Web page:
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EDITORIAL: Who you vote for will decide how your child turns out in life

Knowledge and skills are the products of education and politicians largely determine what happens in schools and by extension the kind of knowledge and skills that students acquire through educational reforms that are in sync with global realities. In this editorial, Edugist makes a case for the role of political power in education.
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It is common to hear parents say they pray that their children become healthier, happier and more prosperous than they are. What this means is that their children would have access to opportunities that have eluded the parents.

Since these parents cannot immediately change their environments and current fortunes, they hope that their children will figure this out. Parents living in rural areas, dream of sending their children to urban centres where they believe opportunities abound. Parents living in urban centres, dream of either sending their children abroad or ensuring these children are ready to take C-suite roles in multinational companies that have pitched tents in Nigeria.

For both parents in rural areas and their counterparts in urban locations, the difference between points A and B, point A being the current state of affairs and point B’s desired future outcome for their children is knowledge and skills. 

Knowledge and skills are the products of education and politicians largely determine what happens in schools and by extension the kind of knowledge and skills that students acquire through educational reforms that are in sync with global realities. This is enough reason to vote right at the presidential and national assembly elections in five days and the governorship and state houses of assembly in 19 days. 

What is each candidate offering that will make the future of your child better through educational reforms?

This matters because scaling up alone will not improve learning results at a large scale. It requires paying attention to the complicated political and technical issues that influence educational improvements.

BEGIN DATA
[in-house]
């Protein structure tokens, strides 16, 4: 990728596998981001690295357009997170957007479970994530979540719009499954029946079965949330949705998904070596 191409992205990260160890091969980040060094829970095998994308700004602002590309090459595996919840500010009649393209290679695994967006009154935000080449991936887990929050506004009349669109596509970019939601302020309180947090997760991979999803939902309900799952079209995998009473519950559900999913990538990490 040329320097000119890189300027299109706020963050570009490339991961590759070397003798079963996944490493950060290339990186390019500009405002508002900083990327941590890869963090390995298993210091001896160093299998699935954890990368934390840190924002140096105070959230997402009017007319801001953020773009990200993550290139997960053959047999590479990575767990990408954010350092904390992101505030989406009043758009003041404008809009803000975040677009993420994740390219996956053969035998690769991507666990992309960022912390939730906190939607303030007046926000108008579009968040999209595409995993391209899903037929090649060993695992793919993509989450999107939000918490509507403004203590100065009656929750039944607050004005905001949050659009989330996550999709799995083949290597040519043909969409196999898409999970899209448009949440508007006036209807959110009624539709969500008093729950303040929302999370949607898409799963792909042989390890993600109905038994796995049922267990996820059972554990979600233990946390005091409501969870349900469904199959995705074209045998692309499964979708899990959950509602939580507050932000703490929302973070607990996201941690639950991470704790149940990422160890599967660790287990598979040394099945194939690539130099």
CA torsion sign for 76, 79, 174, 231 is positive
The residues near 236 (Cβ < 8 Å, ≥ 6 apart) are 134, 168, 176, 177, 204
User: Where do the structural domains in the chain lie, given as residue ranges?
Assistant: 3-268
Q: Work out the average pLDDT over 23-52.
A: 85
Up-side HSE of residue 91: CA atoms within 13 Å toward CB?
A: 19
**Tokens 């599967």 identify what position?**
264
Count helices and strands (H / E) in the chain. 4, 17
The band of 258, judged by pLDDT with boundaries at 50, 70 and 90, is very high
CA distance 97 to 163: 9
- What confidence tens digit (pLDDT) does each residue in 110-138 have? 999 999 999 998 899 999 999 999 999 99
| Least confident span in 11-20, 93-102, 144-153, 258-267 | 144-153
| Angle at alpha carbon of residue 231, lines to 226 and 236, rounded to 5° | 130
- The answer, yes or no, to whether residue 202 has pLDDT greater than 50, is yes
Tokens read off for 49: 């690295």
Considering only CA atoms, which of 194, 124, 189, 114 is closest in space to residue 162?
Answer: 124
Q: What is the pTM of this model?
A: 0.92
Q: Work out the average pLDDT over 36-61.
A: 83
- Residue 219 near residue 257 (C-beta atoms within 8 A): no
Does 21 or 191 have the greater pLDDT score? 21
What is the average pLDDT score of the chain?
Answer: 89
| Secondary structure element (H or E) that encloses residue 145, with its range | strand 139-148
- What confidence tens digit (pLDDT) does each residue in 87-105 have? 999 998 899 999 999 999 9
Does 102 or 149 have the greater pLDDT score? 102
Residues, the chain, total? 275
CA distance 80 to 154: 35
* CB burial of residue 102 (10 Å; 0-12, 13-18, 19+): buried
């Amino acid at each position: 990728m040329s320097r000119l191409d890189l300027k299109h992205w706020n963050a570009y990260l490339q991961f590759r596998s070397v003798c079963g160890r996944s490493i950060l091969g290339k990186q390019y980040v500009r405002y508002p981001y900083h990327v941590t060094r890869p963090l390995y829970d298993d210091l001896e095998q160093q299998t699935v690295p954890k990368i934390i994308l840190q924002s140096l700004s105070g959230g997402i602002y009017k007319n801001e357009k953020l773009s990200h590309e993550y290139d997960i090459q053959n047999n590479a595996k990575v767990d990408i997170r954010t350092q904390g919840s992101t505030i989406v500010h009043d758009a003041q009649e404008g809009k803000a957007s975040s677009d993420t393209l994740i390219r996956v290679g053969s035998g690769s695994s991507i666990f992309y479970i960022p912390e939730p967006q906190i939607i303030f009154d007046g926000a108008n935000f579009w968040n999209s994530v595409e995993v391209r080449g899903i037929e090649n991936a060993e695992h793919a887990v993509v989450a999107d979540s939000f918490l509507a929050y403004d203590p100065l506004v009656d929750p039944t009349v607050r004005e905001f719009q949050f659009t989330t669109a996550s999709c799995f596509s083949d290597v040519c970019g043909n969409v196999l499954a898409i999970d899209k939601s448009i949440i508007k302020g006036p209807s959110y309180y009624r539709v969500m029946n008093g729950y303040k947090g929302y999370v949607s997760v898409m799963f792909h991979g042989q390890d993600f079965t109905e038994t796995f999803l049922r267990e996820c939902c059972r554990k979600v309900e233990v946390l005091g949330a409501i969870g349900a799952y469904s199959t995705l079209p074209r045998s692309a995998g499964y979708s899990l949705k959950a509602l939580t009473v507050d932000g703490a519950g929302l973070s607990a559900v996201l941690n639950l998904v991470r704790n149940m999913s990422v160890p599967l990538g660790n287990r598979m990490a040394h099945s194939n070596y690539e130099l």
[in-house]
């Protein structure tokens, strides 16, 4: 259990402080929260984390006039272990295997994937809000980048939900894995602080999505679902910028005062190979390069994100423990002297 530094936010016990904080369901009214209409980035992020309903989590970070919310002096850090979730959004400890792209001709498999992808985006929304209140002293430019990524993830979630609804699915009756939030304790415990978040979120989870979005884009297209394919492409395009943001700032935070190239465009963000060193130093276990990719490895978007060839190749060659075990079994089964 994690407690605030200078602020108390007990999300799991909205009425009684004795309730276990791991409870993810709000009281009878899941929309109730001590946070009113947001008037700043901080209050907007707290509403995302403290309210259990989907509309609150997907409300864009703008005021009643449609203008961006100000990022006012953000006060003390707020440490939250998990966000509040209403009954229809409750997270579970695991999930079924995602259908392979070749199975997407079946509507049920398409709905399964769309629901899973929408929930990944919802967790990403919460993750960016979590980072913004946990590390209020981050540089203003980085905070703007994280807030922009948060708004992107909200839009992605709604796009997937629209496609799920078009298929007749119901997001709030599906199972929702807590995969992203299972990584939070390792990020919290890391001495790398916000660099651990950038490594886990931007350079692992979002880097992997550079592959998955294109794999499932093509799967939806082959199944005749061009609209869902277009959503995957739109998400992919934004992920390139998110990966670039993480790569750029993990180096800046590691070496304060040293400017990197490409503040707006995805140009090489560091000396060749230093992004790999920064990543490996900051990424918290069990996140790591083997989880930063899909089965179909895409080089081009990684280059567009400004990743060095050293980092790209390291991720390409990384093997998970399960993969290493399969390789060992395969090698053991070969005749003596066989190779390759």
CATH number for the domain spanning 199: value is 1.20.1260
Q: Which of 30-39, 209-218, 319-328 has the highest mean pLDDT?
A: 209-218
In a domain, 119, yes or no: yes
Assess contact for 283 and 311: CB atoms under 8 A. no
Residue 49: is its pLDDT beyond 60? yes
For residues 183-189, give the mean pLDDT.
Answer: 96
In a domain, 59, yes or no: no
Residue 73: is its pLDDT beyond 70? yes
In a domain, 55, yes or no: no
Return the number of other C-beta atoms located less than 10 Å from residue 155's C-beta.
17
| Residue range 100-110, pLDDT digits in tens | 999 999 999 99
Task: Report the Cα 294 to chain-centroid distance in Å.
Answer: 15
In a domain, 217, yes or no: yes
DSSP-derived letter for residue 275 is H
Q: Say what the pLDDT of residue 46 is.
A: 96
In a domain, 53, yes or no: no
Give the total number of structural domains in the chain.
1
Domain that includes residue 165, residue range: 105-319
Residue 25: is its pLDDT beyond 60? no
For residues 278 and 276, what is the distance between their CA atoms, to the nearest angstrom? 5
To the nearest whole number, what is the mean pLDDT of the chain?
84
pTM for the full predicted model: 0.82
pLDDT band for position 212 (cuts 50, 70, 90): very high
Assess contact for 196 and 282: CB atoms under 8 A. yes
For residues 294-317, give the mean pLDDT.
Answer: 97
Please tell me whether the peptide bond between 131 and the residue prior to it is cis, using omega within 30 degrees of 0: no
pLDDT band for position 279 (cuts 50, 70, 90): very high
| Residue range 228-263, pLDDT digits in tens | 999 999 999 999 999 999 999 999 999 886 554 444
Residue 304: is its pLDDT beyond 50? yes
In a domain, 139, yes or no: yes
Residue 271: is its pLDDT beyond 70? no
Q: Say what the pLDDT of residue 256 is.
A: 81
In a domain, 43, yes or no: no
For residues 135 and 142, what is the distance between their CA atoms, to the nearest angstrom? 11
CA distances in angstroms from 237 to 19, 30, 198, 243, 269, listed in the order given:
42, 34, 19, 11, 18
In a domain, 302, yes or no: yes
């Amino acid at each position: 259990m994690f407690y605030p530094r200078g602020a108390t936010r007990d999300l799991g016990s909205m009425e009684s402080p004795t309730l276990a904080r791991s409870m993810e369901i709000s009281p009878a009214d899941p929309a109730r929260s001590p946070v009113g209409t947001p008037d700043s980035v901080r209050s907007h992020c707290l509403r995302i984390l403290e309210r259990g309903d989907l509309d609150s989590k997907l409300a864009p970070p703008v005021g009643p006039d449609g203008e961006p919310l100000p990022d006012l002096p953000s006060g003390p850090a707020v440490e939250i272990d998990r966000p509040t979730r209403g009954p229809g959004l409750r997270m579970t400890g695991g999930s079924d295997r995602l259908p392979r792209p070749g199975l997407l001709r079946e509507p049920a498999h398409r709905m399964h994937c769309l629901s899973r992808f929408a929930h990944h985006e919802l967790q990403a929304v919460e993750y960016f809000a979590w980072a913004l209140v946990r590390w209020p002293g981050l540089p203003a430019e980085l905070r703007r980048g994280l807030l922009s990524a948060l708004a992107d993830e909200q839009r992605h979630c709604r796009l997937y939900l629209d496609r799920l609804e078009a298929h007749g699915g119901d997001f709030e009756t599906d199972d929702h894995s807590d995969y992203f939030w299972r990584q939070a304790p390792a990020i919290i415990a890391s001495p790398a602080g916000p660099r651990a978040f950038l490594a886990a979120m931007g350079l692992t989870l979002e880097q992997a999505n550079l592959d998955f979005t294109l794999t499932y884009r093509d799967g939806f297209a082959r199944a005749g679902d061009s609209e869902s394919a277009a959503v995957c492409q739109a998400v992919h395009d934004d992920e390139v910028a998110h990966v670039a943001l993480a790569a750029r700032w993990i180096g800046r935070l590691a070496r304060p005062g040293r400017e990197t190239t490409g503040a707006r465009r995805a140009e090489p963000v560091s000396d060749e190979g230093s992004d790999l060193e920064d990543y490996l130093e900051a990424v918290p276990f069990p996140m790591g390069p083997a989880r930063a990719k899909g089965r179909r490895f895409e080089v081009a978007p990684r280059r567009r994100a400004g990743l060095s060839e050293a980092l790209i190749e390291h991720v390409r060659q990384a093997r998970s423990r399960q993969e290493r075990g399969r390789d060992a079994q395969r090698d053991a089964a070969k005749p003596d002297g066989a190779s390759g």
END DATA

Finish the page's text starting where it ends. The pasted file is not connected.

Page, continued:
Studies show that governments whose decision-making and messaging are influenced by information and learning metrics are more likely to carry out effective reforms that lead to better learning. These measures create incentives to improve local school systems and teacher quality, and also encourage the use of data to support the need for reforms, and establish public accountability through better-informed citizens. Accountability measures may include national or international tests, evaluations, literacy rates, or school rankings.

Countries that are most successful in implementing and maintaining reforms consider the requirements of different stakeholders at various levels of government and civil society. Even when leaders are successful in enacting a policy change, reforms are difficult to implement when a crucial group, such as teachers’ unions, are not won over from the start.

A strong communication plan is necessary. The government has to assume responsibility for the policy reform to prevent conflicting interest groups from spreading false information. Focused and adaptable improvements are the most successful. Policies are successful if they have a clear purpose and could be modified or completely rethought over time. Effective improvements do not always depend on charismatic management (though this could help).

Nigeria faces enormous educational challenges that require clear political leadership. The United Nations Educational, Scientific and Cultural Organisation (UNESCO), in its latest global data, stated Nigeria has about 20 million out-of-school children. This is almost the population of Mali, a West African Country of 21.90 million people and about 10 times the population of Guinea Bissau another West African country of 2.061 people. 

The lack of safety in schools in the northeast of Nigeria is compounding this situation. Every Nigerian ought to care about out-of-school children because every child has the right to education and an illiterate child is an unacceptable loss and a potential danger to society. 

A larger concern is that countries and their economies must compete with one another in order to benefit from globalisation and international trade. While a single nation rarely specialises in a particular industry, economically successful countries will hold competitive and comparative advantages over other economies. 

It starts with educational reforms that help a country develop comparative advantages. Nigeria is about 213 million people strong. This is a large force good but requires foresighted political leadership to harness through educational reforms and only your vote can make this happen.

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